The Cardinals’ late surge is a reminder that the game of baseball is impossible to predict

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Jeff Curry/USA Today Sports

Dan Buffa, Special to the Jewish Light

Sixteen days ago, Brewers’ pinch hitter Daniel Vogelbach launched a bases-loaded 1-0 pitch from Alex Reyes into the American Family Center ether, handing a series win to Milwaukee and dropping the St. Louis Cardinals to 69-66. Well, you could say the two teams live in a different world these days.

Last night, it was the Cardinals who struck early and late to defeat Milwaukee 5-2, pushing their record to 80-69. That’s right, the Cards have gone 11-3 since that debilitating loss, climbing over the Cincinnati Reds in the division as well as the wildcard standings, where they currently hold a three-game lead. A date with the Los Angeles Dodgers awaits this team, whether the playoffs started tonight or in two weeks.

In the game of baseball, a team isn’t done until the math informs them that they are. For weeks, the Cardinals slept around the outskirts of playoff contention, sneaking into the wildcard party only to be tossed out after a few more games. Leave to the team who shares a street with a team called the Blues to make things extra interesting, keeping fans waiting for a real pulse. That’s arrived with a nine-game winning streak that has included a series win over the Reds and sweeps of the New York Mets (formerly a wildcard contender) and San Diego (formerly a wildcard contender).

Right when the National League figured St. Louis was going to sleep for the fall, they arose from their slumber with thunderous notoriety. Perhaps visiting teams should pay more attention to those 11 flags waving vicariously in the wind when they take the field at Busch Stadium. Whether fans or local writers like it or not, St. Louis rarely makes it look easy-both of their last two World Series wins involved highly improbable September runs-but winning baseball cures a lot of bad feelings.

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For example, how often have we heard Mike Shildt is a bad manager since the winning streak took off? Rarely.

How much extra fuss was made over the dugout dispute between Yadier Molina and the recently released Daniel Ponce de Leon? Little, even if fans attach it to the release of the pitcher more than the pitcher’s 2021 performance.

What about Molina hitting in the middle of the lineup with a sub-.700 OPS? Somewhat, but less after he drives in two key runs during Monday’s win.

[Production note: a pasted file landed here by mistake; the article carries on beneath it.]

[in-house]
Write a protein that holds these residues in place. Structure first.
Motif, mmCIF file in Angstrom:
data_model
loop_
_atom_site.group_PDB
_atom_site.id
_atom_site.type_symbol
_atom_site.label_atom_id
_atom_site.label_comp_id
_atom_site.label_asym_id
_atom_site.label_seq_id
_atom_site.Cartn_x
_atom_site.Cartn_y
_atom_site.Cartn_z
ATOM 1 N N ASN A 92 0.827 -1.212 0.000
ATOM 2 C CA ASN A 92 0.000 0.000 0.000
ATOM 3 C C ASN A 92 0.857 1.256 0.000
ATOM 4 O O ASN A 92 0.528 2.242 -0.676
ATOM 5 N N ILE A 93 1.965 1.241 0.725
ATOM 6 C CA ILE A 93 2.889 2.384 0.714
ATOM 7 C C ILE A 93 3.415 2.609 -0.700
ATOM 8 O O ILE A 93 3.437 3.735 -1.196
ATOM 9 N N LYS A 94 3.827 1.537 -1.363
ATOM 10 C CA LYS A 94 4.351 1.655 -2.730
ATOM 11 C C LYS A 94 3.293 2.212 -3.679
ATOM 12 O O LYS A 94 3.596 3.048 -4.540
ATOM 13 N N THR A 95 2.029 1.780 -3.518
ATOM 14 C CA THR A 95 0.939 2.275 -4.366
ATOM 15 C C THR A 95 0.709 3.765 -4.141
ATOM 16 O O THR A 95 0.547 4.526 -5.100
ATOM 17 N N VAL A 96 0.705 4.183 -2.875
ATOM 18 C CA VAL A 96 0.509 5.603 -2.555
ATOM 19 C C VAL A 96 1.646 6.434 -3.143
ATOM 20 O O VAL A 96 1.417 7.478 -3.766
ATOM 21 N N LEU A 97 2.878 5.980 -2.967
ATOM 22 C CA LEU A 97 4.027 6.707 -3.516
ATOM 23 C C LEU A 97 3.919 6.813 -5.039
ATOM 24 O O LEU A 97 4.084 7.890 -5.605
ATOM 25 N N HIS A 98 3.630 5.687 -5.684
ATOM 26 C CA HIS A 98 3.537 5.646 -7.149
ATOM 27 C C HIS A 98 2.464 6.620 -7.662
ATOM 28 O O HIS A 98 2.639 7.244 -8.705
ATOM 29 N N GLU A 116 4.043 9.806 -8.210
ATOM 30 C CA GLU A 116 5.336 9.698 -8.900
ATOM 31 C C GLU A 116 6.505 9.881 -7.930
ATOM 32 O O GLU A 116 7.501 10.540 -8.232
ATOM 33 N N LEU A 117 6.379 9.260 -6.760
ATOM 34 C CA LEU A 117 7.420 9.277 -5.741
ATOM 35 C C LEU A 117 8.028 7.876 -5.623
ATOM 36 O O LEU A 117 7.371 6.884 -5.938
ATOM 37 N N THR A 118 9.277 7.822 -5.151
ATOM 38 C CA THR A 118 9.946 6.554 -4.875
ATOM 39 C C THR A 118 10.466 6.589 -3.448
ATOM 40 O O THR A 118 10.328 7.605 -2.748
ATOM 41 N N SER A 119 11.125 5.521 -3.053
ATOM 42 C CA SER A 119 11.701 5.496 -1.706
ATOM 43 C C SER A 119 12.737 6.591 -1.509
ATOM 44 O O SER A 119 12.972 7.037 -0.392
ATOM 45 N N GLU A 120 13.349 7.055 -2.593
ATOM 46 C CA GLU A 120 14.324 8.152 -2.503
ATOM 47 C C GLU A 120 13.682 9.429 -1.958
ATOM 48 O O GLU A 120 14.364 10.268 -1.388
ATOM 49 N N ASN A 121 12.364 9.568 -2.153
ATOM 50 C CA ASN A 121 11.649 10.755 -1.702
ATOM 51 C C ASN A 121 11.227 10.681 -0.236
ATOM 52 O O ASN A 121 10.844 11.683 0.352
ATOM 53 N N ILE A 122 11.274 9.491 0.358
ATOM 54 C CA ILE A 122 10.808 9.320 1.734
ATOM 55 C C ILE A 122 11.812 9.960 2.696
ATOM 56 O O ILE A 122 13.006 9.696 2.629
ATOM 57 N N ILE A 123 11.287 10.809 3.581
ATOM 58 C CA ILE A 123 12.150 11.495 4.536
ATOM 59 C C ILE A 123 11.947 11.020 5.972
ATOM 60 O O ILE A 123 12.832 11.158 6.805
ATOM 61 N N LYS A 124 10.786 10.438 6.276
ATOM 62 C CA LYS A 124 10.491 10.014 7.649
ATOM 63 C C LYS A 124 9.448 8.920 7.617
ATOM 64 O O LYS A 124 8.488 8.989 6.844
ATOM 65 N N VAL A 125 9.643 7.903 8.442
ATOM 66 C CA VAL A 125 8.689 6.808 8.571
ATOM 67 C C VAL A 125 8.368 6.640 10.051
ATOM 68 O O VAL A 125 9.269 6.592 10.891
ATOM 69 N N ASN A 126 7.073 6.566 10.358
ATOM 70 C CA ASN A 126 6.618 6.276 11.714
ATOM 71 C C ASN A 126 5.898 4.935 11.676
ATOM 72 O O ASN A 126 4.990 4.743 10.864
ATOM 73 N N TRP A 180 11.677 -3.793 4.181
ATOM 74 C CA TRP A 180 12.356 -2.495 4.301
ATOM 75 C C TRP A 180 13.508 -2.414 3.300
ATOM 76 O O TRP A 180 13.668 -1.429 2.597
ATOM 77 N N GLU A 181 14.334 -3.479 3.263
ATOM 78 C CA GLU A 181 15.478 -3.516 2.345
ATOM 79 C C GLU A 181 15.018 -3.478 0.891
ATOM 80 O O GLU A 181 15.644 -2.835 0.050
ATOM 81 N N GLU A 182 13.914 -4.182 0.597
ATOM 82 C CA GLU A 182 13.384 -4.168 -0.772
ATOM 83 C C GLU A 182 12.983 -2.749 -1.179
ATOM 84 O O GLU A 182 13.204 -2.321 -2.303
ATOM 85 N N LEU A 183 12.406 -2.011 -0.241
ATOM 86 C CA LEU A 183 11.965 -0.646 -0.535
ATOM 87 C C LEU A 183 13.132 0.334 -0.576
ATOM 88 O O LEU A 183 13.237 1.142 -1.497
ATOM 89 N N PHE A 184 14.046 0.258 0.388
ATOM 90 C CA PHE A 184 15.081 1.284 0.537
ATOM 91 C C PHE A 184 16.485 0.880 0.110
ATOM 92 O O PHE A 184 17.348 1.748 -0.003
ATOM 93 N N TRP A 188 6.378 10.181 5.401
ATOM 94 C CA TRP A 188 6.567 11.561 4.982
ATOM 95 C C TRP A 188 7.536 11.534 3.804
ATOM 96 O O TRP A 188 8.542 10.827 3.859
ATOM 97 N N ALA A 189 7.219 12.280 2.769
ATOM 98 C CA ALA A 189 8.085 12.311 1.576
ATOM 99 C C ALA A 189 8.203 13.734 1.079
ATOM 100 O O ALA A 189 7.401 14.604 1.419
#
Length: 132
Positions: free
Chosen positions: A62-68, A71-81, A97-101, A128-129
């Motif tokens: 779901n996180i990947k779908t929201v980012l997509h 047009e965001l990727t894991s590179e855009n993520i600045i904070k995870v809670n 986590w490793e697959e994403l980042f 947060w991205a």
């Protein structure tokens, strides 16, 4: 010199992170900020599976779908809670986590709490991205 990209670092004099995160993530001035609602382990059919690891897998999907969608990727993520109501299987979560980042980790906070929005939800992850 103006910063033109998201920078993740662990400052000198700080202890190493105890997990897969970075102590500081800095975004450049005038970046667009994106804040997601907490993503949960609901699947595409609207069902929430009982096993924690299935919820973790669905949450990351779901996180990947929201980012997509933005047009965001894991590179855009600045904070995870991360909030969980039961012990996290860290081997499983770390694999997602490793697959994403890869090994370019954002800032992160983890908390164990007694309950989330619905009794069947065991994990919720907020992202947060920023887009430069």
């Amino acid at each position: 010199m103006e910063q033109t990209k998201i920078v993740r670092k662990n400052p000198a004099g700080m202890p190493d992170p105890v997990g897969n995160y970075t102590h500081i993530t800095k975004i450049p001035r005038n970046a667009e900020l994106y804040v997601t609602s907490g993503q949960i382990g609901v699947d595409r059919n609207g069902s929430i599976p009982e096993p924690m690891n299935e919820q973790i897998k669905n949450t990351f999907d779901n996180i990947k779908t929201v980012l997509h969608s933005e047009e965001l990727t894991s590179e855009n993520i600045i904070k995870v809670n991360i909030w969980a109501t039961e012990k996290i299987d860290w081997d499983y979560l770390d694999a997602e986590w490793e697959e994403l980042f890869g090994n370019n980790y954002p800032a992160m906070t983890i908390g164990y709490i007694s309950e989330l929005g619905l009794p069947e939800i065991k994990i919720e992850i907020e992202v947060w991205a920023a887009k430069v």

Are we still mad about Jon Lester and JA Happ being the only midseason acquisitions by John Mozeliak? No, because they have improbably pitched a lot better than their pre-St. Louis’ arrival would have suggested.

Not that all of these issues are essentially squashed after two weeks of great baseball, but the chatter and overall noise around them does die down due to one thing taking place: Winning.

What’s extra impressive is that the Cardinals aren’t beating scrubs recently. The Padres may be just 76-73, but they did eliminate St. Louis last year in the playoffs and are stocked with loads of young talent. Same goes for the high-priced-yet-underperforming Mets, who are in need of new leadership next year. The Reds gave the Cards all kinds of trouble for weeks, before St. Louis handled them in their last showdown ten days ago.

The Cardinals have pulled this off with little-to-none upgrade on offense, relying on big performances from Tyler O’Neill, Paul Goldschmidt, and Nolan Arenado: players that were assembled in the offseason to be difference makers. Out-of-nowhere work from Edmundo Sosa shouldn’t be forgotten, nor would solid seasons from Dylan Carlson, Tommy Edman, and polarizing outfielder Harrison Bader. This kind of comeback requires every hand on deck, especially the new faces down in the bullpen.

What the biggest takeaway should be-and one that I will download myself again-is that there are 162 games for a reason. Unlike football and hockey, this game is an extremely long and zig-zagging ride that can frustrate and lift up millions all inside the same 24-hour period. A couple of weeks ago, with such a tough schedule laying ahead of them, it would have been nuts to say the Cardinals could begin play on Sept. 21 with 80 wins. There are 13 games left, which means 90 wins isn’t out of the frame of reality.

Sixteen days ago, Cardinal Nation — and most of the local writers — had to think this season was heading downhill. Today, they stand comfortably in a wildcard spot, having just swept two teams in a row that were previously ahead of them. Tonight, they attempt to win a series from Milwaukee for the first time since May 13.

Former Cardinal pitcher Joaquin Andujar was right. In this game, as in life, you just never know.

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